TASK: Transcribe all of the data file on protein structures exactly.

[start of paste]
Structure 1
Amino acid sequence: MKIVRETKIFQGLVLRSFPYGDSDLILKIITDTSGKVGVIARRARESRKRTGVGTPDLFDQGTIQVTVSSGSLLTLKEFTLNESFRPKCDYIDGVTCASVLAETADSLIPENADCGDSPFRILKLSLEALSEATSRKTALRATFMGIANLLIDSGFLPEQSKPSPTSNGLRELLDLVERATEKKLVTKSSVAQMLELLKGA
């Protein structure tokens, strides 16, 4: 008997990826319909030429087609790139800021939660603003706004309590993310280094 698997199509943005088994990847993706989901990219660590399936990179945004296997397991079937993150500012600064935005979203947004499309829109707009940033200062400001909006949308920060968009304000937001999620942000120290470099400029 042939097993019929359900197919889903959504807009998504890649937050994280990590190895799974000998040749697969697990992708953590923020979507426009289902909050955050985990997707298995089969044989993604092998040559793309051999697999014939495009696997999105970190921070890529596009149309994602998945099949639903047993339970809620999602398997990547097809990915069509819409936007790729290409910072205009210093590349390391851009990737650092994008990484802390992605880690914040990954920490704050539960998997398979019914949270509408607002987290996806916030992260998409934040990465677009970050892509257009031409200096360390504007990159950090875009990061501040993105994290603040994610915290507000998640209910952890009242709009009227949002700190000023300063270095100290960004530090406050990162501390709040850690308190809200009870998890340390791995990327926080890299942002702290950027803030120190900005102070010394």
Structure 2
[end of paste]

Structure 1
Amino acid sequence: MKIVRETKIFQGLVLRSFPYGDSDLILKIITDTSGKVGVIARRARESRKRTGVGTPDLFDQGTIQVTVSSGSLLTLKEFTLNESFRPKCDYIDGVTCASVLAETADSLIPENADCGDSPFRILKLSLEALSEATSRKTALRATFMGIANLLIDSGFLPEQSKPSPTSNGLRELLDLVERATEKKLVTKSSVAQMLELLKGA
């Protein structure tokens, strides 16, 4: 008997990826319909030429087609790139800021939660603003706004309590993310280094 698997199509943005088994990847993706989901990219660590399936990179945004296997397991079937993150500012600064935005979203947004499309829109707009940033200062400001909006949308920060968009304000937001999620942000120290470099400029 042939097993019929359900197919889903959504807009998504890649937050994280990590190895799974000998040749697969697990992708953590923020979507426009289902909050955050985990997707298995089969044989993604092998040559793309051999697999014939495009696997999105970190921070890529596009149309994602998945099949639903047993339970809620999602398997990547097809990915069509819409936007790729290409910072205009210093590349390391851009990737650092994008990484802390992605880690914040990954920490704050539960998997398979019914949270509408607002987290996806916030992260998409934040990465677009970050892509257009031409200096360390504007990159950090875009990061501040993105994290603040994610915290507000998640209910952890009242709009009227949002700190000023300063270095100290960004530090406050990162501390709040850690308190809200009870998890340390791995990327926080890299942002702290950027803030120190900005102070010394």
Structure 2